“Jackie – a woman of a certain age”
I don’t remember reading my big sister’s copies of Jackie, nor could I say I’ve ever knowingly listened to a David Cassidy or a David Essex song. So I’m perhaps not directly in the target audience for Jackie the Musical, a 70s jukebox show that takes inspiration from the pages of that weekly magazine for teenage girls. That’s not to say that there isn’t plenty to be enjoyed by all but rather that this is a very particular kind of nostalgia.
Janet Dibley’s Jackie is picking through the pieces of her life – in her 50s, about to be divorced, teenage dropout son – when she comes across a stash of paraphernalia from her girlhood in the attic. Old schoolbooks are soon discarded though when she finds some old copies of Jackie (the magazine) and as this is Jackie (the musical), a younger version of Jackie (the woman) manifests itself in her mind, to act as a kind of spirit guide through this time of emotional turbulence as she dips a toe into the world of online dating, aided by sparky best friend Jill, an excellent Lori Haley Fox.
The show is at its strongest when referencing the altogether more innocent world of teenage magazines and the advice they gave – rub lemons on your elbows, find out a boy’s character from the shape of his nose, or his ear lobe, never use tongue in a kiss on the first date… It is best exemplified in a rare moment of Mike James’ book and the jukebox score working in perfect harmony when Daisy Steere’s young Jackie writes to agony aunts Cathy and Claire, Anna Linstrum’s direction turning it into a photostory complete with pop-up speech bubbles and as the issue is that her crush won’t get off the dancefloor, it segues perfectly into Tina Charles’ ’I Love to Love’.
Elsewhere, the show pads out the rather flimsy plot with any number of 70s classics from the likes of T-Rex, The Osmonds, 10cc and the Davids, Cassidy and Essex, which are enthusiastically and eclectically choreographed by Arlene Phillips. Sometimes it is jaw-droppingly good – the full company number to ‘Tiger Feet’, led by Bob Harms’ Frankie, is just superb – sometimes it is bizarre as in the eye-poppingly literal efforts of ‘Crazy Horses’, and sometimes it has to be functional, a side-effect of Tim Shortall’s attractively bright but a little too fussy set design – Act 1 closer ‘Love is in the Air’ is marred by the amount of OCD plant pot moving.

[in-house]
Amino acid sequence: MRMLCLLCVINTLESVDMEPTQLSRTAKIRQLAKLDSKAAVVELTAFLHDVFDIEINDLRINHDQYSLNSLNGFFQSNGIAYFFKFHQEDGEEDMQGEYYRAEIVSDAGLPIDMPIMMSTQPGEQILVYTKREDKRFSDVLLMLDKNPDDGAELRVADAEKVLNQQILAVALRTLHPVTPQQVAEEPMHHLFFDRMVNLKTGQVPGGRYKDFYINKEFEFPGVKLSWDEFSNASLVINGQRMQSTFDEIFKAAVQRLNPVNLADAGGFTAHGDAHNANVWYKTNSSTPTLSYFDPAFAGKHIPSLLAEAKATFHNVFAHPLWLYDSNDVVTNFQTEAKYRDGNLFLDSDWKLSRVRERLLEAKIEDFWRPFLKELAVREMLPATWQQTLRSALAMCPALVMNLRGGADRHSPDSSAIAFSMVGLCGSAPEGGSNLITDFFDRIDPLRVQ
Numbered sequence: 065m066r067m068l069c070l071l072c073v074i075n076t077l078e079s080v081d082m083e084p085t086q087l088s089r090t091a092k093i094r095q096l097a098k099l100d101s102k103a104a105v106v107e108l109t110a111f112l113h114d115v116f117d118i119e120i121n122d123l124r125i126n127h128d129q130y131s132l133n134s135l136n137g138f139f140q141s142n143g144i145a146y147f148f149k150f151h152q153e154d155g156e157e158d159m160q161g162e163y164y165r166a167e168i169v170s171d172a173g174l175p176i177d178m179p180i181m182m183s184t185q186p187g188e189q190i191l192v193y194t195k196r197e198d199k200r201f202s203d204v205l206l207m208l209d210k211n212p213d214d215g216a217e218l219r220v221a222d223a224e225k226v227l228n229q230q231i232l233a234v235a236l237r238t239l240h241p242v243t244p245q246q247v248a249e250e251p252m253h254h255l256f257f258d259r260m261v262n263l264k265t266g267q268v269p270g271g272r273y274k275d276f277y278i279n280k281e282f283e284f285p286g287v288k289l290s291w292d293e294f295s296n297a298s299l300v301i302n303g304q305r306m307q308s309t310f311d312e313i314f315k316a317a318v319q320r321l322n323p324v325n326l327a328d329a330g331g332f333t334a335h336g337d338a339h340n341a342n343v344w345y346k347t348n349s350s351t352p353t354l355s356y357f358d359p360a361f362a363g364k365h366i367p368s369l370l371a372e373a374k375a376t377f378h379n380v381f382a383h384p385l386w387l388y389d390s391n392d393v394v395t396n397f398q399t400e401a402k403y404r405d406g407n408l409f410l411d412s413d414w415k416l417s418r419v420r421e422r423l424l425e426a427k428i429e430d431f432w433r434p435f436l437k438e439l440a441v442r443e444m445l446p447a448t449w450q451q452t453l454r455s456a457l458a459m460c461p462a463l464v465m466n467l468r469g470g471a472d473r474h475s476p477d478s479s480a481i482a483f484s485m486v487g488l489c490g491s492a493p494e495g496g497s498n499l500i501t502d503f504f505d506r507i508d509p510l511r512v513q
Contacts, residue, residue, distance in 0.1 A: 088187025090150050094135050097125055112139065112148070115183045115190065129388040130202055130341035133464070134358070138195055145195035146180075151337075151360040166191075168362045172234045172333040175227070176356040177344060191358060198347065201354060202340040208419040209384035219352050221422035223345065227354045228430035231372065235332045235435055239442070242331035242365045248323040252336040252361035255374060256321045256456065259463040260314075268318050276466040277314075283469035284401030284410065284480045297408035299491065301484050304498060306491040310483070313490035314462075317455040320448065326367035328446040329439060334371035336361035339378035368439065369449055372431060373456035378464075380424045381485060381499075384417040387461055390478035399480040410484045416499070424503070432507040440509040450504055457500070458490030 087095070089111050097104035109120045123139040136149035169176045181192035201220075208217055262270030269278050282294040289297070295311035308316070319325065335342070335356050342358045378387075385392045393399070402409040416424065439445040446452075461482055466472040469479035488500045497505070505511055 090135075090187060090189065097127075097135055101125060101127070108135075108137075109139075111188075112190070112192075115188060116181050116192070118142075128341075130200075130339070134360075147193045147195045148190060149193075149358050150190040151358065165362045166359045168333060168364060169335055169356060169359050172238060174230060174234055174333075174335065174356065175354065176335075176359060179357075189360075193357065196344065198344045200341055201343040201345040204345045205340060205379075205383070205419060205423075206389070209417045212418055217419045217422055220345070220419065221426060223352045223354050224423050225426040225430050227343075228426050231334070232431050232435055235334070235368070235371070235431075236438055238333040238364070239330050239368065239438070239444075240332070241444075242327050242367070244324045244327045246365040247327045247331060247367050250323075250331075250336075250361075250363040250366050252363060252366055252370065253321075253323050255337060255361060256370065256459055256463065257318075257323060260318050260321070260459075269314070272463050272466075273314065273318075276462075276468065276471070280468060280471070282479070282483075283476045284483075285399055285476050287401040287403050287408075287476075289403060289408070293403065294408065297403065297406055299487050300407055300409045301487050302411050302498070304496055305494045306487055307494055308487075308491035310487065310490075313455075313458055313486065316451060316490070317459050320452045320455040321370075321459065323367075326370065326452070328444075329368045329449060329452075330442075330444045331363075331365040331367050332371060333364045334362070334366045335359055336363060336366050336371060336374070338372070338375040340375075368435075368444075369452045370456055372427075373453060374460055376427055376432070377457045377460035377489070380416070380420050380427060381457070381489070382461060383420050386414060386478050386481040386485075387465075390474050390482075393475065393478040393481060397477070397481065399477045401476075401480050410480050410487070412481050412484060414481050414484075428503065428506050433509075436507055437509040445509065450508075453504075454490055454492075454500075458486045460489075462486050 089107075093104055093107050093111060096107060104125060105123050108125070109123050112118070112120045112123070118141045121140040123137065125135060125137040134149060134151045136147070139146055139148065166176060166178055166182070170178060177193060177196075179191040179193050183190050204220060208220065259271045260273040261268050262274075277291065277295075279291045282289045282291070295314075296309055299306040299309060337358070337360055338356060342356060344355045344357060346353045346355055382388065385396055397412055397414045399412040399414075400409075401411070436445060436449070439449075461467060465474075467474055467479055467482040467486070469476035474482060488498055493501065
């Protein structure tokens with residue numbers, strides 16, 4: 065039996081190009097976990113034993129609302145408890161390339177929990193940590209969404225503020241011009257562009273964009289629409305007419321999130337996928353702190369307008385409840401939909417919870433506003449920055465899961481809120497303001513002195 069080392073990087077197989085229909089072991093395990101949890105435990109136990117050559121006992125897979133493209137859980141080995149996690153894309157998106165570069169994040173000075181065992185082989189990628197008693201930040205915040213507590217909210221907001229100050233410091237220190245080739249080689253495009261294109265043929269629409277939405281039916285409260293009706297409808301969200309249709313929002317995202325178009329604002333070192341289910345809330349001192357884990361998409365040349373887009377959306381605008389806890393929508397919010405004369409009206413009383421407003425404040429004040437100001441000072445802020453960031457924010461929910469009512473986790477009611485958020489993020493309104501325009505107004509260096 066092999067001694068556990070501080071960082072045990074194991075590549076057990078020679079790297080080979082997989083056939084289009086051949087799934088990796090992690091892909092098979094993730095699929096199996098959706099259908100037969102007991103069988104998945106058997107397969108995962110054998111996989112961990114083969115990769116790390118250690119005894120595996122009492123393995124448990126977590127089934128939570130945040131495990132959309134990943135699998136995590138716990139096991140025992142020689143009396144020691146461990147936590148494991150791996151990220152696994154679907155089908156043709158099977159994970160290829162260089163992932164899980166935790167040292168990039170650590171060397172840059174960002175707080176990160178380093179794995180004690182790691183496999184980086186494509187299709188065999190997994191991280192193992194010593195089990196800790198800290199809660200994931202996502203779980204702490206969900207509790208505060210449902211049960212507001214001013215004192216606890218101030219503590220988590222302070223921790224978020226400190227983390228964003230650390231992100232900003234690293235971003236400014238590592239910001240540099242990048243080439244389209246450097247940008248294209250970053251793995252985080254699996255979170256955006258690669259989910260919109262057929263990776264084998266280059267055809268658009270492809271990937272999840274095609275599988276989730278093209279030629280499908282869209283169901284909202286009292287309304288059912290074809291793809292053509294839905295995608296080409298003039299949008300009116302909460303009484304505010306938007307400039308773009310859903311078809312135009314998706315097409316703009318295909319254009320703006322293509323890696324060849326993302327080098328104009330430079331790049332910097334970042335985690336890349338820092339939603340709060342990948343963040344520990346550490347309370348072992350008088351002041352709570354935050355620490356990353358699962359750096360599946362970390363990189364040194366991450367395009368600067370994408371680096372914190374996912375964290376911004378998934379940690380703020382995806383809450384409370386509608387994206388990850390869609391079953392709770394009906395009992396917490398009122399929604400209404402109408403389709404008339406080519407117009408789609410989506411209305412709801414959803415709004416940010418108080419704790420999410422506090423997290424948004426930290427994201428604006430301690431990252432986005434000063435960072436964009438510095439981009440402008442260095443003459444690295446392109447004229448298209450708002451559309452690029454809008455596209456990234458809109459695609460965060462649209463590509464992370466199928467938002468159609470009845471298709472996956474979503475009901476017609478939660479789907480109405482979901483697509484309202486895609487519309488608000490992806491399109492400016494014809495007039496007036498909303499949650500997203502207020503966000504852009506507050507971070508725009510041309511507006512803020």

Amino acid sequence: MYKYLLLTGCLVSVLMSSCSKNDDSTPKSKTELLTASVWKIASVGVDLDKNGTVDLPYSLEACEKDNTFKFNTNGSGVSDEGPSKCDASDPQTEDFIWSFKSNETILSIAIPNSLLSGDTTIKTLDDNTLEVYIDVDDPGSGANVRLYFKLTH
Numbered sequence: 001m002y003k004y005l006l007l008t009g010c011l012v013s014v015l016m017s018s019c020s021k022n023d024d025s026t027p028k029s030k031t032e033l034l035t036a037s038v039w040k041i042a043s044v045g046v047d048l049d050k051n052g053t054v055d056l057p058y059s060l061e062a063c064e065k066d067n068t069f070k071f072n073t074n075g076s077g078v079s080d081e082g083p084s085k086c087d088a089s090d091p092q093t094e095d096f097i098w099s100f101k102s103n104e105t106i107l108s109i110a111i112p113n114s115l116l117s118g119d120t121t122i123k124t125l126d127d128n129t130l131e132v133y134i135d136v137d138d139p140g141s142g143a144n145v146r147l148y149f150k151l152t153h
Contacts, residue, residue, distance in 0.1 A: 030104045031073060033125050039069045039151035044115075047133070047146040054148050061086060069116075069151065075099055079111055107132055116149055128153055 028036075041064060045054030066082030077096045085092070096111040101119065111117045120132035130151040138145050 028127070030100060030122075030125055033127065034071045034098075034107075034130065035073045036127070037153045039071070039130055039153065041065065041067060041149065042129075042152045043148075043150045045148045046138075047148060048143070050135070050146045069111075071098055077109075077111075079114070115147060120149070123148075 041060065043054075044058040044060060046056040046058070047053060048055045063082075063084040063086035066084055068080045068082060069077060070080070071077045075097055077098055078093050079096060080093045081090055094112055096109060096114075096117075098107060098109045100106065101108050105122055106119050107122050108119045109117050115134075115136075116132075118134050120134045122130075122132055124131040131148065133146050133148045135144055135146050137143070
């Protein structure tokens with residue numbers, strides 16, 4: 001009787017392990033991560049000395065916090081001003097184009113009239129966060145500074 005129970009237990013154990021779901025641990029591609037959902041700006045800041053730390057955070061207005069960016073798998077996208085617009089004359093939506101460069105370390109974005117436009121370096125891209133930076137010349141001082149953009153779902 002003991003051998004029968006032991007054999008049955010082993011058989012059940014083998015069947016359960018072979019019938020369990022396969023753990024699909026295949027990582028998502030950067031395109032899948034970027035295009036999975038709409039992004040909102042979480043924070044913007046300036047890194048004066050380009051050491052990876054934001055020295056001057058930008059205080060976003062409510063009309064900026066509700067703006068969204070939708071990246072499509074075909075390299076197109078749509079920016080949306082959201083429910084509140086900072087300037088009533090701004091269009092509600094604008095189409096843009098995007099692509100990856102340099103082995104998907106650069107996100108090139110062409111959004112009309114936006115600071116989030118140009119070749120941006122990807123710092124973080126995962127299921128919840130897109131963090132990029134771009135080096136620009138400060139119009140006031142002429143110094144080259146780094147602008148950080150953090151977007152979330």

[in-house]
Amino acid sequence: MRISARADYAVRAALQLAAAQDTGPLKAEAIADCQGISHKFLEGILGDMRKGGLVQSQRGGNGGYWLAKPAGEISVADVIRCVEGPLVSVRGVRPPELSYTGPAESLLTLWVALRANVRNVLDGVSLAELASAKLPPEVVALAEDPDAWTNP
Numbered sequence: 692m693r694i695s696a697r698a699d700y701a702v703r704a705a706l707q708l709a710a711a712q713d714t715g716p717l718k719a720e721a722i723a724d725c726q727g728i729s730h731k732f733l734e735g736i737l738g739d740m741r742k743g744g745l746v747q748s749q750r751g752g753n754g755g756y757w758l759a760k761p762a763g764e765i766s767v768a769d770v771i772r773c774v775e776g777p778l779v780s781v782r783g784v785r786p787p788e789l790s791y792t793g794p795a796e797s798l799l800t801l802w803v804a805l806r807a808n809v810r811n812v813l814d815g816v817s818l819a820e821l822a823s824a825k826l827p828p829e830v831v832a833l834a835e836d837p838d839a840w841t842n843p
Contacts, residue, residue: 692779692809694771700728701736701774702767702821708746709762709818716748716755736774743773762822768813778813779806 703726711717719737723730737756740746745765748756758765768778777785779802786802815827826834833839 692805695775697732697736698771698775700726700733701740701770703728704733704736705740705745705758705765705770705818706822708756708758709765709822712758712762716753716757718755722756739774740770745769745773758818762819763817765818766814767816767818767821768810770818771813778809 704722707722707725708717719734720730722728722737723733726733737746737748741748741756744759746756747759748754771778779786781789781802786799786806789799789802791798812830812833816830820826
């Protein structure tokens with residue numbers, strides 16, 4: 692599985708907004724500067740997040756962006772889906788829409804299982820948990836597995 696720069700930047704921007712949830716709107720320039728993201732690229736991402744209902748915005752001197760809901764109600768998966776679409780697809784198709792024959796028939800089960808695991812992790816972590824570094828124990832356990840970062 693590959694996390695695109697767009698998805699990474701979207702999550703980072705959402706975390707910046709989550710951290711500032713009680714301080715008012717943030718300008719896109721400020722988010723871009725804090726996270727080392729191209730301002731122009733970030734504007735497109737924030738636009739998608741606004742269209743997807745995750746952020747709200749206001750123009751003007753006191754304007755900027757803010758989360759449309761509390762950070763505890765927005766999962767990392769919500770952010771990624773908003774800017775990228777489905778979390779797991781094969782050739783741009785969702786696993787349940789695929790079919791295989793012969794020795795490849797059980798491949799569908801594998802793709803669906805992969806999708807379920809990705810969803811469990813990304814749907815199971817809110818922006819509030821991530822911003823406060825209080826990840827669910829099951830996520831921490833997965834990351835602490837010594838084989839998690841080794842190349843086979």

Ultimately it’s the kind of show that doesn’t bear too much examination – Jackie’s son David (an appealing Michael Hamway) mocks others for liking Spandau Ballet and Andy Williams, yet he’s the one singing David Essex songs… Instead, its charms are uncomplicatedly straight-forward as Dibley’s initially fragile Jackie looks back in order to move forward, growing in strength through dalliances with married men, sticky toffee puddings and the realisation that – as one of the final speech bubbles proudly shows – ‘older women rock’.